(8) Density is measured using a pyknometer (density bottle) at 25 C.

The inks of Example 1A and lB were compared by applying them using the same ink jet printer with means for heating the printer head so that the droplets are held at a fixed temperature when projected onto an aluminium substrate, a polycarbonate substrate and an enamel coated steel substrate. The head was held at 25 C. The two examples were compared with a conventional ink in which the liquid vehicle was MEK and the polymer binder was a nitrocellulose which is insoluble in IMS. This conventional ink is referred to as Example 1C.

The time for the deposit to become non smudging (the drying time) is given in Table II.

              TABLE II______________________________________                        Enamel  Ad-    poly-  coated        hesion  Substrate  Aluminium  carbonate steel     (10)______________________________________Example  1A            1.0 (9A) 3.5 (9B) 4.0 (9B) poor  1B            1.25     1.75      1.5      excellent  1C            1        1         1        excellent______________________________________ Note on Table II (9A) The time for the deposit to become non smudging was assessed as follows:

the image projected onto the substrate was of alphanumeric characters, the alphabet and the numbers 1-9, 3 mm high with 7 characters to the inch (2.75/cm) Each character falls within a 75 dot matrix and the characters are arranged in a single print line. The substrate is located 13 mm from the print head and moved past the print head at 1 metre per second. The print head has a 75 micrometre (micron) diameter nozzle. A finger is drawn across the image repeatedly at about 0.25 second intervals until the image no longer smudged. The time to the first non-smudged image was judged to be the drying time to the nearest 0.25 second.

(9B) These deposits remained tacky for longer than the recorded drying time.

(10) Adhesion was assessed by determining the scrub resistance under wet conditions of printed codes. Solid blocks were printed on the substrate, the blocks consisting of a 1610 dot matrix 5 mm high at a density of 10 blocks in a 6 cm line. The substrate was mounted on a Sheen abrasion tester (model 903A) and abraded with the nylon brush supplied with the machine whilst wet with water. The test is considered to be failed when an area equivalent to a single block has been removed from the substrate. The test is normally carried out for up to 700 oscillations of the brush. If failure occurs before 200 cycles adhesion is poor, failure between 201 and 600 is described as good, and if no failure has occurred at 600 cycles then adhesion is excellent.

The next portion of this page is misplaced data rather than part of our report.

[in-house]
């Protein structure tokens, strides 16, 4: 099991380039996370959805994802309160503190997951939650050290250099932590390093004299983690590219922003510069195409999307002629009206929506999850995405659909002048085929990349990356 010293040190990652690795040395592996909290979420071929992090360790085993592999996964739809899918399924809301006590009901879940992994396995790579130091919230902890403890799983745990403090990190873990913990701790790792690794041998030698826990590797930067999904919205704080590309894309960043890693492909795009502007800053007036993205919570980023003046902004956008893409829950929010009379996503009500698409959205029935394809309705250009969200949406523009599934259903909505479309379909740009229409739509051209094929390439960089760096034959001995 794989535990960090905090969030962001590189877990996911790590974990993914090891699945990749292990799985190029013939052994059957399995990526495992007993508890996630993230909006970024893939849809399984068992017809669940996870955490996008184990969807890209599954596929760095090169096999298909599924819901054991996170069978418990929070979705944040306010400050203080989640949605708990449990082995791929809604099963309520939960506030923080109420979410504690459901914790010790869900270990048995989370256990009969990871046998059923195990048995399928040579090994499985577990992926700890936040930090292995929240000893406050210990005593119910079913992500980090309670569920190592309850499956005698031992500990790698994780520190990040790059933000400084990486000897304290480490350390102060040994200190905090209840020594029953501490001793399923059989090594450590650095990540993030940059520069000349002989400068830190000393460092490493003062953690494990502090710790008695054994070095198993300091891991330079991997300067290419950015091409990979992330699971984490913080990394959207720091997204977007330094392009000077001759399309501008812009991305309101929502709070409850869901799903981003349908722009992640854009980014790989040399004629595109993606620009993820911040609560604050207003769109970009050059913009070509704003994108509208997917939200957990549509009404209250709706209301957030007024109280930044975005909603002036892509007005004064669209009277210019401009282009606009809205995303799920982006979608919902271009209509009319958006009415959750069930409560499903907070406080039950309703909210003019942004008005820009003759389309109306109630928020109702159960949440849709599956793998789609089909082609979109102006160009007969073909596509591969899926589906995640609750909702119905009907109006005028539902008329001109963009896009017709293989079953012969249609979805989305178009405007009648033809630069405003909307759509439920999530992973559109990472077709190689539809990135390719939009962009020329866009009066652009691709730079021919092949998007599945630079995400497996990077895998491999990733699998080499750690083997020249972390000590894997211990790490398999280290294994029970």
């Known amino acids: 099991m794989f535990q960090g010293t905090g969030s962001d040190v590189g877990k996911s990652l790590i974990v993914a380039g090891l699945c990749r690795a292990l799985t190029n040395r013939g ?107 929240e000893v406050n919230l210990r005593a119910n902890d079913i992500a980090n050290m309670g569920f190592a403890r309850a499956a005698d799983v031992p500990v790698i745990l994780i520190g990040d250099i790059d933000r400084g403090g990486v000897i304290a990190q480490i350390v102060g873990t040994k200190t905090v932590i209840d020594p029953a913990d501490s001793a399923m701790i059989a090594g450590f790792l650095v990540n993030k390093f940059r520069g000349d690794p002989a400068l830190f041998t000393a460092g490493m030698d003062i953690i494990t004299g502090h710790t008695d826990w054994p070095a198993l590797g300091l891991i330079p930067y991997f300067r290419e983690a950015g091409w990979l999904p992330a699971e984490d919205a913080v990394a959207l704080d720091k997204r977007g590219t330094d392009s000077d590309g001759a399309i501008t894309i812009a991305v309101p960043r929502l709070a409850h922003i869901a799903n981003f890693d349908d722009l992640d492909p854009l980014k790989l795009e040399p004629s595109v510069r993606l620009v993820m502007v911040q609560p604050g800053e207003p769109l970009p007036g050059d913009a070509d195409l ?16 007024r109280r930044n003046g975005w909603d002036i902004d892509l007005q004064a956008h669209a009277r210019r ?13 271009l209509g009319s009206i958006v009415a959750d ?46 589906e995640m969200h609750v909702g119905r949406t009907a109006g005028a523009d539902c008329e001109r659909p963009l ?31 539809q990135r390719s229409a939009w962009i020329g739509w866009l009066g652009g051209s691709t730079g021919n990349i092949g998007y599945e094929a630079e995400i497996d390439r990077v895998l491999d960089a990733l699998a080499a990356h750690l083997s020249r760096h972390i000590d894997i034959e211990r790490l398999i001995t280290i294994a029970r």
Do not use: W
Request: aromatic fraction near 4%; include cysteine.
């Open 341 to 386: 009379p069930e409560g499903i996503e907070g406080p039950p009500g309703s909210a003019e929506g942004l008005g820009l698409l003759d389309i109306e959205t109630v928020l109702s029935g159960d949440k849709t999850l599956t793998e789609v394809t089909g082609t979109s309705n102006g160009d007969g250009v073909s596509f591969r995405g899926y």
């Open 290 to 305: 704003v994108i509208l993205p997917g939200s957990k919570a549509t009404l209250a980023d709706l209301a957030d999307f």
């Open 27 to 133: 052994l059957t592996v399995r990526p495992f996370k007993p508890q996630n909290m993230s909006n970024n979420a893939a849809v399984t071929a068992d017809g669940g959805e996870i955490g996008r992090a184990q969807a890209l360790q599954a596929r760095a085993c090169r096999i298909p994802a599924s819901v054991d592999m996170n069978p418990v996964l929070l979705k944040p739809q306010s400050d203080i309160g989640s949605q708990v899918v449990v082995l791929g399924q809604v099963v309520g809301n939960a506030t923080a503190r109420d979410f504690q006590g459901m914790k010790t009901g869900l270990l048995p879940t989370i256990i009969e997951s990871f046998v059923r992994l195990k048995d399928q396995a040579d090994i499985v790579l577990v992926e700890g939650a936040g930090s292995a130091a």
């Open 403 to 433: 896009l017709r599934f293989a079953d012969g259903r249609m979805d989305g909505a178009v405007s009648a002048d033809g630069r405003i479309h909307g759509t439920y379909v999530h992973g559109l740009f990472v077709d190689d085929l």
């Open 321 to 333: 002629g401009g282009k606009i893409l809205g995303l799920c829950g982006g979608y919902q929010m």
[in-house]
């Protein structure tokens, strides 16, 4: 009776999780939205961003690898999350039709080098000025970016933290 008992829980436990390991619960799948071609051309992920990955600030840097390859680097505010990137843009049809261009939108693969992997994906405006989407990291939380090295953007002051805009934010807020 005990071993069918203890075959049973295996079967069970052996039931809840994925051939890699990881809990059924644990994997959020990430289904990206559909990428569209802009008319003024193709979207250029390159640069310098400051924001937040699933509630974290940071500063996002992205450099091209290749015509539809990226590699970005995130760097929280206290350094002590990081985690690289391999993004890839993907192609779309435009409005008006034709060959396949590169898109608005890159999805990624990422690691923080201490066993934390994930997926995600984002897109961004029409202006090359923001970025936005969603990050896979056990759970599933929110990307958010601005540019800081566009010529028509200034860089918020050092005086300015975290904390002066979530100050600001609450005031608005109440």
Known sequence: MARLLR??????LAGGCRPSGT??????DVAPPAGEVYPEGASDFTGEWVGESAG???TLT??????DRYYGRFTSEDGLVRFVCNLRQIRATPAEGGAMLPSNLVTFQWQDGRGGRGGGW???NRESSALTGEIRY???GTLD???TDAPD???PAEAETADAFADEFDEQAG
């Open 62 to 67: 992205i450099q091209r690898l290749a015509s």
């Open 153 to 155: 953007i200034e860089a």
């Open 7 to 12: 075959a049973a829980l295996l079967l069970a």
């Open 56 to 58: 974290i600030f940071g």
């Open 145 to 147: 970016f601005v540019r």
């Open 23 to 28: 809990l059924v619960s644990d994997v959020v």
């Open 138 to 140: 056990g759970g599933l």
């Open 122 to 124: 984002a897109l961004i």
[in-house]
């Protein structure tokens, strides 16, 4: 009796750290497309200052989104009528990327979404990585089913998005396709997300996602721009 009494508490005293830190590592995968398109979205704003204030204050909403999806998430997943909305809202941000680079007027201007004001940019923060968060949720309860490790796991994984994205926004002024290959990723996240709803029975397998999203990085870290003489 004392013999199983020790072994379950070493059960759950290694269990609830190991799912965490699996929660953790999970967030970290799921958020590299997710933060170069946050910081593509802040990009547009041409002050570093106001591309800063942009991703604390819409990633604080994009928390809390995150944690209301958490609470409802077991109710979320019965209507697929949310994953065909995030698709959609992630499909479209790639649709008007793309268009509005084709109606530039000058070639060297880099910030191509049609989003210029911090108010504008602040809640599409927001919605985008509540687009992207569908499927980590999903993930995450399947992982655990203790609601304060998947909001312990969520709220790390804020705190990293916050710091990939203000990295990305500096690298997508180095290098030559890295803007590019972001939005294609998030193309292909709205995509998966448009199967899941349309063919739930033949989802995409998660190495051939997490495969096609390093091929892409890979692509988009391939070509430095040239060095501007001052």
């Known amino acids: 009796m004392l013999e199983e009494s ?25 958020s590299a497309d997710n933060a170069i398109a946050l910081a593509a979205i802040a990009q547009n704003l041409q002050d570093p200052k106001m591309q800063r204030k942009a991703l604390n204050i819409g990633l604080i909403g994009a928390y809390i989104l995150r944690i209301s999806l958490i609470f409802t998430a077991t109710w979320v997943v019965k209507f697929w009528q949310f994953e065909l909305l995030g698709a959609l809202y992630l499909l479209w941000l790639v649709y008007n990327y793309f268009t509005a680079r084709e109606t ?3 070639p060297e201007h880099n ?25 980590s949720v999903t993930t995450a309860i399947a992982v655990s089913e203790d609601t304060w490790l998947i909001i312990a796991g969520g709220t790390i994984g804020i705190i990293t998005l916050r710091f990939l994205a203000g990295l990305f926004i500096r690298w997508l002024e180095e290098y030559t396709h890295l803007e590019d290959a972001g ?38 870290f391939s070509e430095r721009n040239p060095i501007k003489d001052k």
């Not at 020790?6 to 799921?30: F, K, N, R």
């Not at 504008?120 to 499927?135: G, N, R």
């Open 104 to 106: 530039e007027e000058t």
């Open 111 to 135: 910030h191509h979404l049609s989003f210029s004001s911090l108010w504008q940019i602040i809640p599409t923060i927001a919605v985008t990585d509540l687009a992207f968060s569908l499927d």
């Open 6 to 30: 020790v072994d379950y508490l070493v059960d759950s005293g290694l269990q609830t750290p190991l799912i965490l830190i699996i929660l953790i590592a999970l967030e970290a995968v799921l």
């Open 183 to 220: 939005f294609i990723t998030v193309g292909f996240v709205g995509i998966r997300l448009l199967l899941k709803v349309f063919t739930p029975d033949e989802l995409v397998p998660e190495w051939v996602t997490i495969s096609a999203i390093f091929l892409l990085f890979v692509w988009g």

The ink of Example 1B containing the polymer with the higher Tg value gives a considerably improved drying time compared to Example 1A.

These tests were then repeated for examples 1A and 1B using the same ink jet printer.

The head was heated to 50+/-3 C. and the results are given in Table III.

              TABLE III______________________________________                           Enamel    poly- coated  Substrate Aluminum carbonate steel______________________________________Example  1A 1.0 3.5 4.25  1B 1.0 1.5 1.5______________________________________

Example 1B with the higher Tg onset value has much improved performance on polycarbonate and enamel coated steel compared to Example 1A. The drying times for Example 1B are competitive with those for 1C whilst those of Example 1A are not.

EXAMPLES 2A, 2B, 2C, 2D and 2E

Inks were formulated as given in Table IV below which also gives certain physical properties of the inks.

These examples demonstrate the effect of varying the onset Tg value on drying time and wear properties.